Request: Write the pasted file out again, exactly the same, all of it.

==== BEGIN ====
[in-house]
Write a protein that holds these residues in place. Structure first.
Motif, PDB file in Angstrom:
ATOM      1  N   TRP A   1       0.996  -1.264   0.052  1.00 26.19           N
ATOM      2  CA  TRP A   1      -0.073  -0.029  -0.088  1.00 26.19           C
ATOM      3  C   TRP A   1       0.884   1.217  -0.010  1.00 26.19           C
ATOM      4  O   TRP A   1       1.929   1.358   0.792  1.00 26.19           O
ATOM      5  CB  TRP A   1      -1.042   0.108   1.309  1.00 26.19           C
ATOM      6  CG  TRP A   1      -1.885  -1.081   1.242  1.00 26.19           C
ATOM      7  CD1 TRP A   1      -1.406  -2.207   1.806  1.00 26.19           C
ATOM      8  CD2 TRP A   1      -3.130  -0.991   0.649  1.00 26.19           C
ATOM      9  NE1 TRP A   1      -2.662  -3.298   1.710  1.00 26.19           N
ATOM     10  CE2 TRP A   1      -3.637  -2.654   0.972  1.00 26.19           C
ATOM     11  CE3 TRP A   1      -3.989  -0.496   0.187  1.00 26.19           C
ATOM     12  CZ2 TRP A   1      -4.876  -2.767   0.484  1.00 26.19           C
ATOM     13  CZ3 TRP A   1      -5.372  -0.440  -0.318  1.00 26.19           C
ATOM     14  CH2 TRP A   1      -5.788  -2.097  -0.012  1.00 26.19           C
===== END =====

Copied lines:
[in-house]
Write a protein that holds these residues in place. Structure first.
Motif, PDB file in Angstrom:
ATOM      1  N   TRP A   1       0.996  -1.264   0.052  1.00 26.19           N
ATOM      2  CA  TRP A   1      -0.073  -0.029  -0.088  1.00 26.19           C
ATOM      3  C   TRP A   1       0.884   1.217  -0.010  1.00 26.19           C
ATOM      4  O   TRP A   1       1.929   1.358   0.792  1.00 26.19           O
ATOM      5  CB  TRP A   1      -1.042   0.108   1.309  1.00 26.19           C
ATOM      6  CG  TRP A   1      -1.885  -1.081   1.242  1.00 26.19           C
ATOM      7  CD1 TRP A   1      -1.406  -2.207   1.806  1.00 26.19           C
ATOM      8  CD2 TRP A   1      -3.130  -0.991   0.649  1.00 26.19           C
ATOM      9  NE1 TRP A   1      -2.662  -3.298   1.710  1.00 26.19           N
ATOM     10  CE2 TRP A   1      -3.637  -2.654   0.972  1.00 26.19           C
ATOM     11  CE3 TRP A   1      -3.989  -0.496   0.187  1.00 26.19           C
ATOM     12  CZ2 TRP A   1      -4.876  -2.767   0.484  1.00 26.19           C
ATOM     13  CZ3 TRP A   1      -5.372  -0.440  -0.318  1.00 26.19           C
ATOM     14  CH2 TRP A   1      -5.788  -2.097  -0.012  1.00 26.19           C